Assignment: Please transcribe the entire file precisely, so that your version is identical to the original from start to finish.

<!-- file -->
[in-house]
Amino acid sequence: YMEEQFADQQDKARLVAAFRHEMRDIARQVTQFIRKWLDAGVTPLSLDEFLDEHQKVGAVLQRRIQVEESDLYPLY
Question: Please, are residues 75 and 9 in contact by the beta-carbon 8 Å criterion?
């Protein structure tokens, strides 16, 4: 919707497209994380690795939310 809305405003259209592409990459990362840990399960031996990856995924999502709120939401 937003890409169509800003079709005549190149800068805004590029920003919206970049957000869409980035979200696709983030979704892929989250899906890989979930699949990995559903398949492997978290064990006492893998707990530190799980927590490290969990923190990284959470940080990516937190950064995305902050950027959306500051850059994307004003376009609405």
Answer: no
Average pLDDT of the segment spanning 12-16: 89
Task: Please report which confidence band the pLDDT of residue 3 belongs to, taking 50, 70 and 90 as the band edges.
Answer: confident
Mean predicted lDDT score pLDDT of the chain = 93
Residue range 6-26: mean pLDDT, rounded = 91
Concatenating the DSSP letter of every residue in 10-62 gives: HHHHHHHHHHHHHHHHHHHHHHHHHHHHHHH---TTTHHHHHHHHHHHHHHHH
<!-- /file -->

[in-house]
Amino acid sequence: YMEEQFADQQDKARLVAAFRHEMRDIARQVTQFIRKWLDAGVTPLSLDEFLDEHQKVGAVLQRRIQVEESDLYPLY
Question: Please, are residues 75 and 9 in contact by the beta-carbon 8 Å criterion?
């Protein structure tokens, strides 16, 4: 919707497209994380690795939310 809305405003259209592409990459990362840990399960031996990856995924999502709120939401 937003890409169509800003079709005549190149800068805004590029920003919206970049957000869409980035979200696709983030979704892929989250899906890989979930699949990995559903398949492997978290064990006492893998707990530190799980927590490290969990923190990284959470940080990516937190950064995305902050950027959306500051850059994307004003376009609405």
Answer: no
Average pLDDT of the segment spanning 12-16: 89
Task: Please report which confidence band the pLDDT of residue 3 belongs to, taking 50, 70 and 90 as the band edges.
Answer: confident
Mean predicted lDDT score pLDDT of the chain = 93
Residue range 6-26: mean pLDDT, rounded = 91
Concatenating the DSSP letter of every residue in 10-62 gives: HHHHHHHHHHHHHHHHHHHHHHHHHHHHHHH---TTTHHHHHHHHHHHHHHHH